Pearring Lab at the University of Michigan

Our laboratory studies the light-sensitive photoreceptor cells of the retina. Light is captured by the outer segment organelle, which is the largest primary cilium in the human body. Importantly, defects associated with ciliary formation, function, and/or trafficking often result in photoreceptor dysfunction or death leading to human blindness.  

We are currently pursuing three main directions. 

Maintaining Photoreceptor Outer Segment Protein Composition 

Wild Type Photoreceptors

Tctn1 KO Photoreceptors

Understanding the underlying mechanisms that establish and maintain the subcellular distribution of membrane proteins remains a central unsolved problem in cell biology. The outer segment ciliary membrane is continuous with the plasma membrane, yet maintains a distinct composition of proteins responsible for capturing light and eliciting an electrical response.  At the base of the cilium is a protein-rich region called the transition zone that is thought to act as a diffusional “gate” to restrict lateral membrane transport between the ciliary and non-ciliary compartments. Loss of the tectonic protein complex that resides within the transition zone results in unsolicited entry of non-resident membrane proteins into the outer segment. We are investigating the structural complexity of the membrane barrier that filters proteins as well as passive and active transport mechanisms that to ensure proper sorting between these two membrane subdomains.

Protein Delivery to the Photoreceptor Outer Segment 

Defects in membrane protein trafficking in photoreceptors underlie many forms of inherited retinal degenerative diseases. Our lab aims to understand the basic mechanisms employed by photoreceptors to ensure polarized delivery of signaling and structural proteins to the light-sensitive outer segment compartment. Current projects include:

Investigating membrane protein targeting and delivery to the light-sensing outer segment compartment of photoreceptors.  The outer segment is a membrane-rich compartment. Resident membrane proteins either encode an outer segment-targeting signal (like the VxPx motif on rhodopsin) or "hitch a ride" with key signaling proteins, like GC-1 with rhodopsin. How does altering targeting signals present in rhodopsin change protein localization?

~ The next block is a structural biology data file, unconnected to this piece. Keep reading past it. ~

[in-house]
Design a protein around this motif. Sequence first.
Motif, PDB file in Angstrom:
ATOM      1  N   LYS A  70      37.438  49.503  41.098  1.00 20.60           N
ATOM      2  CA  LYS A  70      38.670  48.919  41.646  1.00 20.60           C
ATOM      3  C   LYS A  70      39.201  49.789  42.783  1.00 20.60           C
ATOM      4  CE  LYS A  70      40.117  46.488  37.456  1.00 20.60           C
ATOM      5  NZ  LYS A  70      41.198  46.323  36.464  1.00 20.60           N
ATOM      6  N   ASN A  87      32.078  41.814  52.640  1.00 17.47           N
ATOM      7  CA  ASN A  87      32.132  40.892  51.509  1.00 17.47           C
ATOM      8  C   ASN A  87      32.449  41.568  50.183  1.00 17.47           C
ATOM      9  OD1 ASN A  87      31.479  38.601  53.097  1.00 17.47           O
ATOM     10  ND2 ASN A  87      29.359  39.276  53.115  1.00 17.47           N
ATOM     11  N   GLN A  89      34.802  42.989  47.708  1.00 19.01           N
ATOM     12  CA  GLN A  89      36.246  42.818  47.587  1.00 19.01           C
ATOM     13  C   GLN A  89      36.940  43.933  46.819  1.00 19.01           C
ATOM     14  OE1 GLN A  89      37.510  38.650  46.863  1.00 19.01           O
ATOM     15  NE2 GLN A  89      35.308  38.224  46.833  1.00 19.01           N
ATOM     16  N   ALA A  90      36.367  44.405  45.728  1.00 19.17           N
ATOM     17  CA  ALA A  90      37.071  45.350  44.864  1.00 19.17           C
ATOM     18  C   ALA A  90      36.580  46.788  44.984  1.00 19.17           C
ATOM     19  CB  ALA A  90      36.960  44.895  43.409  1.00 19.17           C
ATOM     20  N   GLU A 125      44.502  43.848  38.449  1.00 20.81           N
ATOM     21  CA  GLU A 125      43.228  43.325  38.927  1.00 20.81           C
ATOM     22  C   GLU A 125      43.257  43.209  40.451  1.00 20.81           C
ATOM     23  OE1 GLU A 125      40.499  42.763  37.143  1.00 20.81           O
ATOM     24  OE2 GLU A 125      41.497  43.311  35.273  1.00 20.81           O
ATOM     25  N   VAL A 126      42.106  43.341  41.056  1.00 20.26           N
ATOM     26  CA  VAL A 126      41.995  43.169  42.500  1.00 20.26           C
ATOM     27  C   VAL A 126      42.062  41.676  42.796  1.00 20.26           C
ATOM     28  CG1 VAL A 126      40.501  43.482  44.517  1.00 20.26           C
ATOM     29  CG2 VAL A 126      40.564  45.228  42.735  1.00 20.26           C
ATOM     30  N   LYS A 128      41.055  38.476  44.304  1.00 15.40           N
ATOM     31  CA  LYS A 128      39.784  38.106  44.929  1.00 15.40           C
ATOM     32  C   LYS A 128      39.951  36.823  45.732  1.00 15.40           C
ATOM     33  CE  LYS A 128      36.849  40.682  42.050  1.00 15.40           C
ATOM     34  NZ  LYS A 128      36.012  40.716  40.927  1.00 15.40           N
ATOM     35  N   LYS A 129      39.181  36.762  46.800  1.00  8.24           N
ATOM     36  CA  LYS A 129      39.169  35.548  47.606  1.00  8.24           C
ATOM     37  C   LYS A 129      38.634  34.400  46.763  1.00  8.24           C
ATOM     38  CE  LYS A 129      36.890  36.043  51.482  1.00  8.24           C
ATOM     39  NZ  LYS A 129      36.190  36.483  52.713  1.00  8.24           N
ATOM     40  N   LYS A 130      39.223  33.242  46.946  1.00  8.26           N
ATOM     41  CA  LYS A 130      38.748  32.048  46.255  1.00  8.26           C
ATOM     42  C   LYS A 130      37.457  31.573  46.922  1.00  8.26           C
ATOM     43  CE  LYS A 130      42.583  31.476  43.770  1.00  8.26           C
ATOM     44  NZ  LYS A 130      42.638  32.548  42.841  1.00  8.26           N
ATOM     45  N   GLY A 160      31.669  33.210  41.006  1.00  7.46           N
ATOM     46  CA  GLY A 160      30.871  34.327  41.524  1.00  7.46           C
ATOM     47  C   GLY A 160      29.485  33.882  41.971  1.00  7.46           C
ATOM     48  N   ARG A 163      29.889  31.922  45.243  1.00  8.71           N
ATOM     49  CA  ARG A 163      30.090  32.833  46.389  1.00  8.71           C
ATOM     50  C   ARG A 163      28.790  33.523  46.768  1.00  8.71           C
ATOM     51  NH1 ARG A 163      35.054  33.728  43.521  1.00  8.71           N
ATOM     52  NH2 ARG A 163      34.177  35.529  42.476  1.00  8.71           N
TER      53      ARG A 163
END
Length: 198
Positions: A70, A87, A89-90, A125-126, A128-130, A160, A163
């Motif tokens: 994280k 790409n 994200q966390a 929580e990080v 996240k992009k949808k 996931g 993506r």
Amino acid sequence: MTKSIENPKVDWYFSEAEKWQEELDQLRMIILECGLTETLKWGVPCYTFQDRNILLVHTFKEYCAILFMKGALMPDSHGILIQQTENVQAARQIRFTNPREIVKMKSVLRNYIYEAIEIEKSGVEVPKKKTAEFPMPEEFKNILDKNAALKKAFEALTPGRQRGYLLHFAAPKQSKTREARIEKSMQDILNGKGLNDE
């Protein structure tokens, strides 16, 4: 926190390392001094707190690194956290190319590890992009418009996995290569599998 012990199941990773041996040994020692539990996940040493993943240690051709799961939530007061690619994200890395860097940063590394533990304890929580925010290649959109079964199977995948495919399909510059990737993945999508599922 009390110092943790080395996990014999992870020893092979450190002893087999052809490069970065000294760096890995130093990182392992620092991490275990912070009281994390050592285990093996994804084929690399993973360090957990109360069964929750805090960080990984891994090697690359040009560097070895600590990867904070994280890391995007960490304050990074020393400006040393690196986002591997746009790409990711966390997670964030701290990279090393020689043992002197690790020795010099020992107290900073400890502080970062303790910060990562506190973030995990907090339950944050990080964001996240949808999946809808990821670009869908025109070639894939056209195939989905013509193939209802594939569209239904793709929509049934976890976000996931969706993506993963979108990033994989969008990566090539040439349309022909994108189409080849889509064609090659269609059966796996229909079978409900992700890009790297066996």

How are proteins segregated between the outer segment membrane subdomains: the discs and ciliary plasma membrane?  The light-sensing ability of photoreceptors depends on the localization of different signaling proteins to these specific subdomains. We are exploring the molecular mechanisms guiding the delivery of the cyclic nucleotide-gated channel to the ciliary plasma membrane and how this is similar and/or different from disc-specific protein delivery.

Does membrane protein delivery alter the kinetics of ongoing disc renewal?  80-100 new discs are formed on a daily basis and require a constant influx of membrane material. We aim to understand how the kinetics of ongoing disc renewal are altered when outer segment membrane trafficking is defective. 

Photoreceptor Nuclear Migration During Development

During retinal development, newly postmitotic neurons are born apically and therefore need to migrate varying distances to reach their final retinal layer where they elaborate and make connections. Our recent study found that disrupting Arl3 lipidated trafficking to the cilium during development caused rod nuclei to be mislocalized from the outer retina to the inner retina. Current projects include:

Identifying the molecular signal that is disrupted by aberrant Arl3 activity. Our recent publication found that defects in the Arl3 ciliary gradient disrupt the nuclear translocation of developing rod photoreceptors; however, the molecular mechanism remains unknown.

Examine how defects in nuclear migration affect photoreceptor function and health. Dominant mutations in Arl3 cause various forms of retinal dystrophy. Whether displaced photoreceptors are functional and how the nuclear migration defect impacts overall retina health remains to be determined.

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